As LawSites mentions, one of the new features will be integration with Lexis Search Advantage. Lexis Search Advantage "enhances search capabilities across a firm’s internal document management collection, incorporating Shepard’s Signal Indicators and embedded links to citations in a firm’s internal documents. From within Word and Outlook, users can perform a single search across internal firm content, external content in Lexis Advance, and the open Web, or narrow the search to any of those types of content."

Another great feature of version 4.9 of Lexis for Microsoft Office is the "ability to directly download into CaseMap, the Lexis case analysis litigation software. Users can choose to have documents delivered in a format compatible with CaseMap, so that they can be incorporated into case planning and assessment."

Other new features added in the past year include:
  • Link to Cites. This enables users to easily add permanent hyperlinks between citations in a document and the full text documents on Lexis Advance. If you share the document with someone else, they can click on the link and open the pinpoint citation directly in a browser. The person does not need to have Lexis for Microsoft Office, but would need a Lexis Advance subscription.
  • Validate All Quotes. This finds all the quotations within your document and checks their accuracy against the original documents on Lexis Advance. See your document and the original side-by-side, with errors in your document highlighted in red. With a click, you can replace the misquoted text with the correct source text.
  • Email Suggestions for Review. Users can email suggested corrections of quotes and citations from a document to colleagues via Outlook. Details of the suggestions are included within each email.
  • Prepare Table of Authorities. With a single click, create a table of authorities or update it after you’ve made further edits. There are a number of options for formatting the TOA’s styles, fonts and headings.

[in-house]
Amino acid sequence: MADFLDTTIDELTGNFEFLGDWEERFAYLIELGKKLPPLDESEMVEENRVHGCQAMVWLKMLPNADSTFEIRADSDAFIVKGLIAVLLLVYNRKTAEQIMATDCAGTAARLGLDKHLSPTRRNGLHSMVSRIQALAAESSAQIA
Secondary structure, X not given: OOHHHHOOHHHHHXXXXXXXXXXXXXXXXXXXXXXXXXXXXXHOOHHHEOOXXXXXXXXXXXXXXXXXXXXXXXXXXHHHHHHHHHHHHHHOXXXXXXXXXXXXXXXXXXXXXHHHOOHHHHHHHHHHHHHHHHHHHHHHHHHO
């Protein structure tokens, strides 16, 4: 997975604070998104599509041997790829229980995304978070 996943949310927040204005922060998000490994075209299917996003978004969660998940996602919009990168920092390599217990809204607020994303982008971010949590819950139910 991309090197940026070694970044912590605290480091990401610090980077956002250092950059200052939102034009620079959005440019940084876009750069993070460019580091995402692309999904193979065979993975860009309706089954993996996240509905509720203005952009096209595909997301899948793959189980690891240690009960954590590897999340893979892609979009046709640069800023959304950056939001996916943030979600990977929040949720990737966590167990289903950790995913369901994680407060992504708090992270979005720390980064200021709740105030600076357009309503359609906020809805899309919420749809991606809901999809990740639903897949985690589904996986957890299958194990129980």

With the new enhancements, Lexis for Microsoft Office continues to be a great tool for both academics and practitioners. 

Thursday, April 9, 2015

Accredited Online JD Programs Coming Soon?

Unaccredited-online JD programs have existed for years, but the ABA recently took an unprecedented approach to accreditation when it decided to approve William Mitchell College of Law's hybrid online program.

As CNBC reports, "[i]n January, 85 students from 31 states and two countries began taking classes in the first-of-its-kind hybrid program, according to the William Mitchell College of Law." This approach is unique in that "'[e]very class is half online and half in person,' said law professor Greg Duhl, the hybrid J.D. program's director."

This creates much more flexibility than what was previously allowed under the ABA Rules for Accreditation. Before only 12 credits could be taken via online or distance education. But with this new accreditation, it appears that as long as 50% of any given class is in-person, then it will comport with ABA Rules.

"Like many online MBA programs, tuition for the William Mitchell College of Law's hybrid version costs the same as the traditional program. In this case, the price tag is still a whopping $27,770 a year. Still, there is one striking benefit for many who choose the hybrid option: Students don't have to quit their jobs or uproot their families. That is where the savings come from."

It will be interesting to see if law schools will continue to push the boundaries of online legal education until the ABA eventually accredits an all-online JD program.

Tuesday, April 7, 2015

Leveraging Library Data

Libraries keep a lot of data. As David Weinberger, a senior researcher at the Berkman Center for Internet and Society at Harvard Law School, notes, libraries should leverage this data to create search applications that include context to evaluate sources.

But privacy concerns and the lack of interoperability of the data makes leveraging the data across libraries a challenge.